But Weir said the Internet is also home to a lot of inaccurate information prepared by amateurs who do not know how to check the validity of rumors, and he worries that the young Internet reporters for more professional websites are relying too heavily on e-mail to report stories. "When we all think about the stories we've done and the lessons we've learned, there's nothing like sitting down in person with a person, particularly when you are doing investigative reporting or significant journalism," Weir said.
Journalists are increasingly part of the power structure of media companies, said Cole Campbell, editor of the St. Louis Post-Dispatch. Editors are involved in devising marketing strategies that were once left to the business and advertising executives. This can be a "silver lining," he said, if journalists can bring their values to the discussion. "The downside is it is moving us out of touch with our communities." As an example of being out of touch, he noted that many news media show African American males in the news only when they are athletes or perpetrators of crime. "Only when people begin to see themselves in the news will we renew trust."
But Geneva Overholser, ombudsman for the Washington Post and former editor of the Des Moines Register, said it was difficult to renew trust when stock market performance and advertising revenue dominate top management's thinking. She urged newspaper reporters to do more reporting on their own business.
"A lot of readers don't know that advertisers pay most of the freight. They don't know that most advertisers no longer want a mass audience. They don't know we need to be responsive for solid economic reasons to advertisers. . . . They don't know that some newspapers are ceasing to press for [new subscribers] in some of the less demographically desirable metropolitan areas."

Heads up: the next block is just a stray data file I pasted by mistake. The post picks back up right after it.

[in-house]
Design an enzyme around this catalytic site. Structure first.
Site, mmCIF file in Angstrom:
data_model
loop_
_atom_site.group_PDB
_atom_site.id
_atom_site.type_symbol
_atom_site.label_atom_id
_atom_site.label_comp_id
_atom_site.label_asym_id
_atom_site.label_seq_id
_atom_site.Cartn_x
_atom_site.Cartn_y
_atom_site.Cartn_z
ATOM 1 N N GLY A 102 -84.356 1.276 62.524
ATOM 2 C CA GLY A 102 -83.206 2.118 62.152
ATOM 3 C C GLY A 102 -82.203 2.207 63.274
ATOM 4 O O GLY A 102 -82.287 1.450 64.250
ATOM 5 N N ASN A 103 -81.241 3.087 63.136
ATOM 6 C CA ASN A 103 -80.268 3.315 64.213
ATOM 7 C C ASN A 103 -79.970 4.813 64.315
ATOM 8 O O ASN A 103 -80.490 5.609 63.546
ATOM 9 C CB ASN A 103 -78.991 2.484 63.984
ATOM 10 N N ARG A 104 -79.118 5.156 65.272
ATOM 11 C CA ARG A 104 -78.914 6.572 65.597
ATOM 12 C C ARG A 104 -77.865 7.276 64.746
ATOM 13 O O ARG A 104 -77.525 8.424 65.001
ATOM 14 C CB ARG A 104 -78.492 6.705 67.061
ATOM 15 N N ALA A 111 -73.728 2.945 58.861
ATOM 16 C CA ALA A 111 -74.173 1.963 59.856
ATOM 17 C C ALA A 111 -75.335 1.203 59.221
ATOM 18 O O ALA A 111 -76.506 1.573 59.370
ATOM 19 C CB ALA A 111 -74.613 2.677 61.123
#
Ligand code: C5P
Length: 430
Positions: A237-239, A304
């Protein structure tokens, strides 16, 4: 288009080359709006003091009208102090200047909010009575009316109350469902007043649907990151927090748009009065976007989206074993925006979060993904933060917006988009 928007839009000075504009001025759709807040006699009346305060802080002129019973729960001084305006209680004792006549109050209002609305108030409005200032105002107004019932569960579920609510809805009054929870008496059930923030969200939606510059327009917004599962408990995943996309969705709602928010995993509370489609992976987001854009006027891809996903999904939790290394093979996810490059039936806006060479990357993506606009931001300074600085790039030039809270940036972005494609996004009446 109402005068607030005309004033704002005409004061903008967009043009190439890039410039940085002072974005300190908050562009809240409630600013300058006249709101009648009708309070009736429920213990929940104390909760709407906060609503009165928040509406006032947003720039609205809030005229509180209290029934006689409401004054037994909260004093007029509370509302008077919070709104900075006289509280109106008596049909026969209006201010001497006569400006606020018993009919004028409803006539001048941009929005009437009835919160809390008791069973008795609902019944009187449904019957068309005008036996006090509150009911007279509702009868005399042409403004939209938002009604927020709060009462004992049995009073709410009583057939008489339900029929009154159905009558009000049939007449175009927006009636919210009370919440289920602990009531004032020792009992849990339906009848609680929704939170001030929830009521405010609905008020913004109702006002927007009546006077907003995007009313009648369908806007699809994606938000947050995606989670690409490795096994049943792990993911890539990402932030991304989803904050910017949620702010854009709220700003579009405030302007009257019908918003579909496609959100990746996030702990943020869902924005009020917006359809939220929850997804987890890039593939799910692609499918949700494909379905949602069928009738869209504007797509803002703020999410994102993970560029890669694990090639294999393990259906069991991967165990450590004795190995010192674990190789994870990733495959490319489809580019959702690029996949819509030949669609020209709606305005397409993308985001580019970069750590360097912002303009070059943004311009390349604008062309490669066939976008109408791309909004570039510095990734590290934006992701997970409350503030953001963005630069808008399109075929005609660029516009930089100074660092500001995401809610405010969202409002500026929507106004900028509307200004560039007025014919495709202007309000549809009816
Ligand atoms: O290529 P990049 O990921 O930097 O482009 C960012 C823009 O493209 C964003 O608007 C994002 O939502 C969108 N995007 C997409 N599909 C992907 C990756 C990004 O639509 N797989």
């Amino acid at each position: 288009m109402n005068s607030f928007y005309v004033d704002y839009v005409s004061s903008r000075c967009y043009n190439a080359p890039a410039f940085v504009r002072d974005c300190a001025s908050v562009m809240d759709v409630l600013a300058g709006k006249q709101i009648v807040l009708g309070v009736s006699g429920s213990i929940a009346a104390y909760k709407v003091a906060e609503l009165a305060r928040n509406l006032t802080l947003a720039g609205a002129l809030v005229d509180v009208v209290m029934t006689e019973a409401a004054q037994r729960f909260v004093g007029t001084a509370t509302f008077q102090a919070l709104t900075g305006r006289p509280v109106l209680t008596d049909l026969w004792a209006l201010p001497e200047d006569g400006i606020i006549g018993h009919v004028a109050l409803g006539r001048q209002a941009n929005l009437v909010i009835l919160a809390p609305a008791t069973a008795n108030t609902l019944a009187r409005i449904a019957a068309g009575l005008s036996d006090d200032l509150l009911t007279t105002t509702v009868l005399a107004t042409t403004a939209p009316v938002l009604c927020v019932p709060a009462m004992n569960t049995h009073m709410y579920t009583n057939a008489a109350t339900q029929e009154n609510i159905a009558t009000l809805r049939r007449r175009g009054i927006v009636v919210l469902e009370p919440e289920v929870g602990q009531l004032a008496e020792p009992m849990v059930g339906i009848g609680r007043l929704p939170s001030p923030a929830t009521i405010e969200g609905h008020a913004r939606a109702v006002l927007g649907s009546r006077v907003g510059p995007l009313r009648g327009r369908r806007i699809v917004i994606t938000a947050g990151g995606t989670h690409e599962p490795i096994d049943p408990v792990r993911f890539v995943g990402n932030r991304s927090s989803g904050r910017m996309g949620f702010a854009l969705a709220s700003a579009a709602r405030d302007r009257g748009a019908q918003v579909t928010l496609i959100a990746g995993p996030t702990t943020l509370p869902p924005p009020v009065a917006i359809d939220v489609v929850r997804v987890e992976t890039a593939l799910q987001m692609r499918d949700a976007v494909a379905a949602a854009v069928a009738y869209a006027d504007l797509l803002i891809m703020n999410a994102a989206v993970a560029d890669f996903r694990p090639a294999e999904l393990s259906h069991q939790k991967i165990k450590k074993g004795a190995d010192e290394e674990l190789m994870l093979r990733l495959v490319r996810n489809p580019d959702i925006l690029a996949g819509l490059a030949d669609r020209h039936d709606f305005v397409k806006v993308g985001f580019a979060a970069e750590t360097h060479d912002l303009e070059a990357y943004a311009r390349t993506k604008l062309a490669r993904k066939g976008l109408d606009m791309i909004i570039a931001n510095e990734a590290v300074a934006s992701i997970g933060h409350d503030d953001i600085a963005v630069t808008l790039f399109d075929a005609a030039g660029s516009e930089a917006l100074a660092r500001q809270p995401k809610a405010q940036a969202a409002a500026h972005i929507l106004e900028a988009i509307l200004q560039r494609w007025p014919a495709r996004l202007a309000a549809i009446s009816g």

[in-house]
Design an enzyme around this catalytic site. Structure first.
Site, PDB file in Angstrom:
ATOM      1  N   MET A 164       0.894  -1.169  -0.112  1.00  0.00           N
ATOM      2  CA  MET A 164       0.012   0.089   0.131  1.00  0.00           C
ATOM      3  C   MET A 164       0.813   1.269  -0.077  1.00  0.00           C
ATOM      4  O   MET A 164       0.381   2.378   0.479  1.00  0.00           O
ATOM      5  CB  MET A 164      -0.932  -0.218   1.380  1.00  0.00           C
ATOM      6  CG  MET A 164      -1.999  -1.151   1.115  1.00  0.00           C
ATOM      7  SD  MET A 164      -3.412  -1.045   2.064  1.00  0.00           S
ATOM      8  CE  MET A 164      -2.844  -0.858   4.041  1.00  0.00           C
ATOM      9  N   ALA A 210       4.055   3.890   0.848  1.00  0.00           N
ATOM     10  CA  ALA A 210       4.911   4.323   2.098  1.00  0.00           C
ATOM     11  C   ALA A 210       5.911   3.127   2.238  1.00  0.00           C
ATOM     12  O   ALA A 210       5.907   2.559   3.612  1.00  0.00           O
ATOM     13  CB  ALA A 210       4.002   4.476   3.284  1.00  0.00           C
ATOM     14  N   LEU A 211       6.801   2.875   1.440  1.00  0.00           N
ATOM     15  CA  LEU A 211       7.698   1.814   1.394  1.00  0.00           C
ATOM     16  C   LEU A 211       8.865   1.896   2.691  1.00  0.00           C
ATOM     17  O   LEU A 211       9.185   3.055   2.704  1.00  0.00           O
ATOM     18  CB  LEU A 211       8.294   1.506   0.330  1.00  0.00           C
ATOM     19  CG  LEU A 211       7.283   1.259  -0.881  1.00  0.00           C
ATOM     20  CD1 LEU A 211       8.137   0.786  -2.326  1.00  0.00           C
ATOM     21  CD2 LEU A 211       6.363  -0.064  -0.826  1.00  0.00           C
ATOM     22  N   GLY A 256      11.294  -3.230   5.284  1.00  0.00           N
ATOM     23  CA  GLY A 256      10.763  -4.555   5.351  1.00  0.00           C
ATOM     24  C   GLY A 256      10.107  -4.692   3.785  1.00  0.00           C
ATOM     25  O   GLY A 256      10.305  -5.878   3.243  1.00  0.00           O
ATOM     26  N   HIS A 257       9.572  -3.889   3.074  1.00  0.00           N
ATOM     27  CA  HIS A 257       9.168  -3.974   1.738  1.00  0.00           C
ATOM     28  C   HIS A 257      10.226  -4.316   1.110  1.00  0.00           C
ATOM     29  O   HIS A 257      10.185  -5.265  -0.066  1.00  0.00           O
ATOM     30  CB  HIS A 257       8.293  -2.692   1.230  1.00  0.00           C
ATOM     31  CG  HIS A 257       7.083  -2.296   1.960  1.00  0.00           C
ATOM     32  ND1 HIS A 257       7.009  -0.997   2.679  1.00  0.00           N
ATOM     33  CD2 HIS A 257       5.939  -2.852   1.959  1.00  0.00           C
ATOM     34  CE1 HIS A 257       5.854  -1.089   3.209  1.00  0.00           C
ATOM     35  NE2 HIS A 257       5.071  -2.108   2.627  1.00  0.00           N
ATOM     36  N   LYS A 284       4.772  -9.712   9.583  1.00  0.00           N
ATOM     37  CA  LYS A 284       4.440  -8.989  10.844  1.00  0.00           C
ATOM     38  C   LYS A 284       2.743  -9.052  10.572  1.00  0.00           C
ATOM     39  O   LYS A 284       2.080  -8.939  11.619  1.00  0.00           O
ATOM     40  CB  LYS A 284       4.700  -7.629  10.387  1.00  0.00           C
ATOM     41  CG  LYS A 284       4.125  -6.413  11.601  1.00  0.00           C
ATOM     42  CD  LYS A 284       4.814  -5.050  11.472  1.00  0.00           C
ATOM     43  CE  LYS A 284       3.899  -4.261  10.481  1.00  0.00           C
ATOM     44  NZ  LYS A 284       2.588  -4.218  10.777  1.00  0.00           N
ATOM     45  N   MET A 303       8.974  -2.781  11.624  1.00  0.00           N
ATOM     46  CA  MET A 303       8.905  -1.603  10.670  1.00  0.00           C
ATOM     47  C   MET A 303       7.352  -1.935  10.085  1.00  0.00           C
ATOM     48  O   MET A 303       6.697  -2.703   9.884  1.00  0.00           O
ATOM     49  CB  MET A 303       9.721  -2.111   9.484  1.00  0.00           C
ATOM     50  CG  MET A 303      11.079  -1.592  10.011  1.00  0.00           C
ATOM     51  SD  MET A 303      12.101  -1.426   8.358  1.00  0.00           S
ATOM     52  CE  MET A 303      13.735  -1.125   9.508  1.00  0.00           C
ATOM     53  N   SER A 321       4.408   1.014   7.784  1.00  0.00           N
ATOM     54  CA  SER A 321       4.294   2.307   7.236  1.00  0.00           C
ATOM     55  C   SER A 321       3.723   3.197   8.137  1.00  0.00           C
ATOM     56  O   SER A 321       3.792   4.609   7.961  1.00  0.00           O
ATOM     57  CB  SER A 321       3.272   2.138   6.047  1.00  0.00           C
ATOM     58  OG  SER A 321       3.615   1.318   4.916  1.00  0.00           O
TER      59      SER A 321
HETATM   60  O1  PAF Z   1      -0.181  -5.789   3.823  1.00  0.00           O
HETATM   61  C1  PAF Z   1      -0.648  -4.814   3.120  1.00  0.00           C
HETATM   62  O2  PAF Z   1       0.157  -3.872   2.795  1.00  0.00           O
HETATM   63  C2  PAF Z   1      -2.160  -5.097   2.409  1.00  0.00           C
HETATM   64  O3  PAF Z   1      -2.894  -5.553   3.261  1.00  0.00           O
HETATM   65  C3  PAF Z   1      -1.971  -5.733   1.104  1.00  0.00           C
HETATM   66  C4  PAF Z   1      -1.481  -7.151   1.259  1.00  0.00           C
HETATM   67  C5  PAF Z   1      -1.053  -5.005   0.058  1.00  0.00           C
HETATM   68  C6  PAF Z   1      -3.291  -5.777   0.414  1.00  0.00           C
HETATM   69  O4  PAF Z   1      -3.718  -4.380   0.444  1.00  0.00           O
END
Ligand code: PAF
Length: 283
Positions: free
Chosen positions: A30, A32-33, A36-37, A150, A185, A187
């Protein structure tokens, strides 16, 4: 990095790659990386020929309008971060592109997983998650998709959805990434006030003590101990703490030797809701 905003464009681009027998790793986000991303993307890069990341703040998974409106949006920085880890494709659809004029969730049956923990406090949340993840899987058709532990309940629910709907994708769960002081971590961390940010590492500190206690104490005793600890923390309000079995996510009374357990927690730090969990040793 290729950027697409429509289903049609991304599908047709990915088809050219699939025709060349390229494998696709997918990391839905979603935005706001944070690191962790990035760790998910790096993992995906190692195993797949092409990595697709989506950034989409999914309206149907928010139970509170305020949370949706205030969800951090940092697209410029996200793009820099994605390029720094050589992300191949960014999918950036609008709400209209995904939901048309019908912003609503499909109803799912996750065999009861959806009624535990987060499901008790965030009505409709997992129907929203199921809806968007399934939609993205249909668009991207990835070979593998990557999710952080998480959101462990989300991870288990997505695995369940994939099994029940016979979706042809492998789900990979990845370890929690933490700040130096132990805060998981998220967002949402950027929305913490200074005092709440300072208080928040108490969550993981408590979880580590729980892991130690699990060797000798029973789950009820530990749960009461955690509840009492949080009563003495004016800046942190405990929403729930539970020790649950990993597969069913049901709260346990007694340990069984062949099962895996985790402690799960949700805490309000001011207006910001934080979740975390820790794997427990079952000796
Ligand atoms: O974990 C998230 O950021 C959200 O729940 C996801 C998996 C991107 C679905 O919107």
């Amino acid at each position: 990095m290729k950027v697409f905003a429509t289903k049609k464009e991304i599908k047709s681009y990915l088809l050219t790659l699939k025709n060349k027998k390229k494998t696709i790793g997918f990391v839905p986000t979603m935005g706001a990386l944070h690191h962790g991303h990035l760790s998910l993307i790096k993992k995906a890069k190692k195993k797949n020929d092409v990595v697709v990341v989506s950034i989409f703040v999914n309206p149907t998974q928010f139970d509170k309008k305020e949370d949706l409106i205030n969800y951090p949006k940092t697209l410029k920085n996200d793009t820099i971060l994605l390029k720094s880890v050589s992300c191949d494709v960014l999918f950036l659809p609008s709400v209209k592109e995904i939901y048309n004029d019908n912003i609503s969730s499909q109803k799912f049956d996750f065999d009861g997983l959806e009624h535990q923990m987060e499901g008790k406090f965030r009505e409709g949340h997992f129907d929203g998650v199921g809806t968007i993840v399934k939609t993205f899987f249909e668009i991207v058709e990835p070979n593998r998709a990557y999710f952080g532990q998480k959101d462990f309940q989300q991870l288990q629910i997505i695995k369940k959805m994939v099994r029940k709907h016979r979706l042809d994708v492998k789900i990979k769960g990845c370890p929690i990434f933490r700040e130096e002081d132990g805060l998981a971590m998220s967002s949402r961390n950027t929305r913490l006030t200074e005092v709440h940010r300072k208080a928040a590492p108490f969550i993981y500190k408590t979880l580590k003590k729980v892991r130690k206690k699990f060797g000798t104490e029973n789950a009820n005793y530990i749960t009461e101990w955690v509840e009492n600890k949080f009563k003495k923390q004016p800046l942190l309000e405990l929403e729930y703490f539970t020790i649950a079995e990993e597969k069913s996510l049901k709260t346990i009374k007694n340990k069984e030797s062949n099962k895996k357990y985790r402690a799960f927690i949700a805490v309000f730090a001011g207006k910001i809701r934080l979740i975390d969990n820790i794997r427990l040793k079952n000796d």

Some of the journalists participating in the discussion urged each other to stick to their professional ethics codes and teach the young. Steve Geimann, president of the Society of Professional Journalists, for example, decried such recent practices as journalists going along with advertising salespeople on sales calls and magazine editors allowing large corporations to review the content of a given issue before the corporation decides to run an ad in it.
Sheila Stainback, a reporter and analyst for CNBC-TV in New York City, quoted polls suggesting many journalists are disillusioned and expect to leave the business before they retire. "What journalism needs now is love, real love newsmen and women who draw a line in the sand about ethics and refuse to cross it," she said.
Stainback refused, however, to criticize journalists who avoid investigating allegations of wrongdoing by corporations that are major advertisers. Their employers often have not stood behind them, she said, citing, in particular, the case of ABC News issuing a "a statement of clarification very often interpreted as a mea culpa" to tobacco companies who were angered by one of its reports.
Avoiding negative stories about advertisers, Stainback said, is "not so bad if you just think of it as playing politics, which may be a whole new skill for us journalists to develop if we hope to retire as practicing journalists."
By Kathleen O'Toole